milky way on mountains. Image on article talking about sleep restriction.

📢 Sleep restriction is the critical first step in overcoming insomnia for good. It is the backbone of everything that follows in this program, so please take special note of this section.

What is Sleep Restriction?

Sleep restriction, also known as sleep compression, is when you purposefully sleep less and spend less time in bed. By doing so, your sleep patterns more closely match your current sleep/wake cycle and help you fall asleep more easily at a consistent time. The goal of sleep restriction is to gradually extend the amount of time you sleep per night so you eventually sleep a full night (7-9 hours, depending on your needs).

So remember that sleep diary aka sleep restriction calculator I told you to fill in last week?

>>Here is the sleep diary/sleep restriction calculator again if you didn’t download it<<

Here is where that data comes in.

Step 1

In column ‘O’, you’ll find your average number of hours you in one week. Round up to the nearest half hour. 

That average number of hours you slept will be your aim for number of hours every night.

So for example, your average 5 hours per night in one week. This might mean you slept 2 hours in one night, and 8 hours the next. It doesn’t matter – take your average.

Your aim is to sleep a solid 5 hours per night for at least one week straight. 

If you’re thinking “well that doesn’t sound very good”, I’ll tell you right now it’s not the ideal. But it’s WORLDS better than an erratic sleep schedule. And you’ll keep building on it so you can one day (soon) sleep a full night.

Step 2

With this information, you need to find your new wake time. 

Your wake time will be the driver for creating a regular routine.

This is because your wake time is the only constant you can control with insomnia. 

Let’s say you have to be up for work at 7am. With that in mind, you will be waking up at 7am every day, including weekends. You can get by with 30 extra minutes, but try not to sleep in.

There may be some truly awful days where you don’t fall asleep until 5am, but you still need to wake up at 7am. If you feel like you absolutely need to sleep in after a bad night, limit yourself to one extra hour. And don’t do this for more than twice per week. 

Even doing this can throw off your schedule as you’re trying to establish your new routine. Because when you sleep in, you delay the rise in body temperature in the morning. This is necessary for you to fall asleep1. So stick with your new schedule as best as you can. 

It’s also important to get out of bed right after you wake up. Don’t go on your phone, or just lay there – get up. Again the idea is to associate your bed with sleep, so if you’re awake for the day, get up.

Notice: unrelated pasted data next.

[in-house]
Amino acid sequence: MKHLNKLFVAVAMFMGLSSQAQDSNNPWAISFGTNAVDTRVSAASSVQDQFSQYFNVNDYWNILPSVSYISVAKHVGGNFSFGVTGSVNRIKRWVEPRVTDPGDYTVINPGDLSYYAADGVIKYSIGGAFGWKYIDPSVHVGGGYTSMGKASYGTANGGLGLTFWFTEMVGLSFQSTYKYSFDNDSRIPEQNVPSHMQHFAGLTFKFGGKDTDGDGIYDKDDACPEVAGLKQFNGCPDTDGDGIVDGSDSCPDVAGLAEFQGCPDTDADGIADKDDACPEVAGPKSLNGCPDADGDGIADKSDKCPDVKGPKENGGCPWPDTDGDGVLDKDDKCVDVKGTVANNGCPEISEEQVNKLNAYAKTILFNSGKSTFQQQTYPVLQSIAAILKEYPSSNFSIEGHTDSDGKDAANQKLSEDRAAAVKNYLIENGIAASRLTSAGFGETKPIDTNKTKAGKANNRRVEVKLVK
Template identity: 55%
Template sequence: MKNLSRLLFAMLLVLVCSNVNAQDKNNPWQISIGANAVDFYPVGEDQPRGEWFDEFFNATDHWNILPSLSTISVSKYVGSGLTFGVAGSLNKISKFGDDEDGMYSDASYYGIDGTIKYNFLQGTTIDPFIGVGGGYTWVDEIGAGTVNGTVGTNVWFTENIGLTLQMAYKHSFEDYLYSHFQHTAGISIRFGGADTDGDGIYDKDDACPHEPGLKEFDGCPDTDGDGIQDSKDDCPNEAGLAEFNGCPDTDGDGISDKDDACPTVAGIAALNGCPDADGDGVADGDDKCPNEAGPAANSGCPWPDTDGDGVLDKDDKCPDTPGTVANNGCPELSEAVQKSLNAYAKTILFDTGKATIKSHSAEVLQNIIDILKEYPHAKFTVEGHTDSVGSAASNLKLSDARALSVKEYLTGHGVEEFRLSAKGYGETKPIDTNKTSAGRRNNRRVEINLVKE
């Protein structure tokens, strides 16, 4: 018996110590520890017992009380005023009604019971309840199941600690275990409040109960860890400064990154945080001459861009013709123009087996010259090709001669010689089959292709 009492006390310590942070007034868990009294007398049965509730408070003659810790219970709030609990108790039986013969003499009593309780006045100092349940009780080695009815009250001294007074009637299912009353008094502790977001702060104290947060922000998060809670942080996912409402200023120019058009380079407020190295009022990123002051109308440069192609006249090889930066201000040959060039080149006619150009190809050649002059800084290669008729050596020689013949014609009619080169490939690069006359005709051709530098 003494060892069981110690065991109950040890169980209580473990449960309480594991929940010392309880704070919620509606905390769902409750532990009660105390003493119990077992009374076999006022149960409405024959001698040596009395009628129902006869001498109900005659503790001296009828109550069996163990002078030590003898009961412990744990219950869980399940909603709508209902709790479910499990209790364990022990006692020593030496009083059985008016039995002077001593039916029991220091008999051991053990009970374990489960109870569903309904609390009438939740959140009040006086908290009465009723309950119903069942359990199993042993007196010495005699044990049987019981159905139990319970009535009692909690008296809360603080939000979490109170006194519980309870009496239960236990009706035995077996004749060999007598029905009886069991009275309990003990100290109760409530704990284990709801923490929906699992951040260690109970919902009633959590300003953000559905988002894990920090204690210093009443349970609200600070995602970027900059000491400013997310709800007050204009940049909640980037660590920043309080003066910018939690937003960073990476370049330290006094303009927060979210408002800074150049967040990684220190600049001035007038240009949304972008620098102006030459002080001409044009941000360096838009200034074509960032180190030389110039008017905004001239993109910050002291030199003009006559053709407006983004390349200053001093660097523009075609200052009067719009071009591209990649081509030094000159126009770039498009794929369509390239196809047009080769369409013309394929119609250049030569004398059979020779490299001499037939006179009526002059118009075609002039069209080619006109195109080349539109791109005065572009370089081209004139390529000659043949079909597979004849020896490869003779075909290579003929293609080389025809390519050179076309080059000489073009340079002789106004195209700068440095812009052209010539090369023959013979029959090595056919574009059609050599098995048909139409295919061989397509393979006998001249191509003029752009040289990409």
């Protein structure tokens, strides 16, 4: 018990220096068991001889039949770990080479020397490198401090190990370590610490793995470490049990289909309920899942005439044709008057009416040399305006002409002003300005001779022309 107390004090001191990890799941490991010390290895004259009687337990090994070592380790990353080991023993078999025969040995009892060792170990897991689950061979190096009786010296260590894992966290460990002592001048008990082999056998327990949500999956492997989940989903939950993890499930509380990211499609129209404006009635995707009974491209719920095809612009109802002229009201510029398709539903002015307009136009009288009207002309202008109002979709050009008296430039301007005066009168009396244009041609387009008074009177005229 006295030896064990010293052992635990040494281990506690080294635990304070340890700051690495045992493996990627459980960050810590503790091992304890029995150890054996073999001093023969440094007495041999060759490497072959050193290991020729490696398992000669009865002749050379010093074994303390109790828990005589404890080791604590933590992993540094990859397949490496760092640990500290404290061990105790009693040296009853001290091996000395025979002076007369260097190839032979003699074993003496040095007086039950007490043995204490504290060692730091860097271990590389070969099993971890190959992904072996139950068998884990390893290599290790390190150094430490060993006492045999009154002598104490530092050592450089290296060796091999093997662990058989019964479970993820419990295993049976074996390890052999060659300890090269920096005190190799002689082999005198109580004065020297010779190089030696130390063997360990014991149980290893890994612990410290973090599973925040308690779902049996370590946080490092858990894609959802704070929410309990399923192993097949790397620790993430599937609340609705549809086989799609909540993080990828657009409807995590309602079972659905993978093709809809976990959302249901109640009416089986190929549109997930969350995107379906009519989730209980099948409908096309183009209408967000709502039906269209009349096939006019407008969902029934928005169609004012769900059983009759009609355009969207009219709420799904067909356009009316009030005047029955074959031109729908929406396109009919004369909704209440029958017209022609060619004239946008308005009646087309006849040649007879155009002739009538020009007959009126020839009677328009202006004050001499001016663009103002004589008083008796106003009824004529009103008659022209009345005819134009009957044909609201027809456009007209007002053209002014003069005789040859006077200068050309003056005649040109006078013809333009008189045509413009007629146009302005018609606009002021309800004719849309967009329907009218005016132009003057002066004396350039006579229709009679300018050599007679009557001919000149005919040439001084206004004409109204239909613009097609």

A Word About Naps While Doing Sleep Restriction

Puppy sleeping outside on a white blanket

Napping should be limited to only when you absolutely need it. It should never be longer than 45 minutes, and never past 3pm.

If you sleep for longer, you fall into the deeper stages of sleep and essentially ‘borrow’ from the night to come2. So you end up weakening your deep sleep that should be happening at night. And when you sleep later than 3pm, it will mess with your body rhythms. This makes it much more difficult to fall asleep at night. 

Step 3

Find your new bedtime.

In this example where the average is 5 hours per night, and the person has to wake up at 7am. Their new goal is to go to sleep at 2am. 

Now add one additional hour to your bedtime and that is the EARLIEST you should go to bed. So in this example, 1am is the earliest you should lay down in bed.

You don’t have to go to bed at this time. You can lay down any time between 1am-1:45am (I recommend giving yourself 15 minutes before your sleep time to settle). This is just the earliest you should even try going to bed. 

By doing sleep restriction (aka going to bed later and waking up at the same time every day) it more closely matches your average sleep time.

This will give you better sleep efficiency. Which if you remember, helps ingrain the idea that your bed = sleep.

So in this instance, someone who sleeps an average of 5 hours should give themselves a maximum of 6 hours in bed. If all goes according to plan, your sleep efficiency will hover around 85% which is wonderful. 

If you sleep an average of 6 hours, give yourself a maximum amount of time in bed of 7 hours. 

The only stipulation is that if your average is less than 5 hours, you should still give yourself at least 5 hours and 30 minutes in bed. So if your average is 4, 3, or even an ungodly 2 or 1, still give yourself 5 hours and 30 minutes in bed. 

The 20/30 Rule

Last week I told you to get out of bed if you can’t fall asleep within 20-30 minutes.

I want to reiterate how important this is to do during this transitional period of sleep restriction.

Now, you won’t know if it’s exactly 20-30 minutes because you won’t be checking any clocks (I’ll get into that in the next article). However, if you are not getting tired after a few minutes of laying down and start tossing and turning, this is when you should move to a different room.

Remember – the reason that you should move rooms if you can’t sleep is because chronic insomnia is a conditioned response.  Somewhere along the line, you started to associate your bed with not sleeping.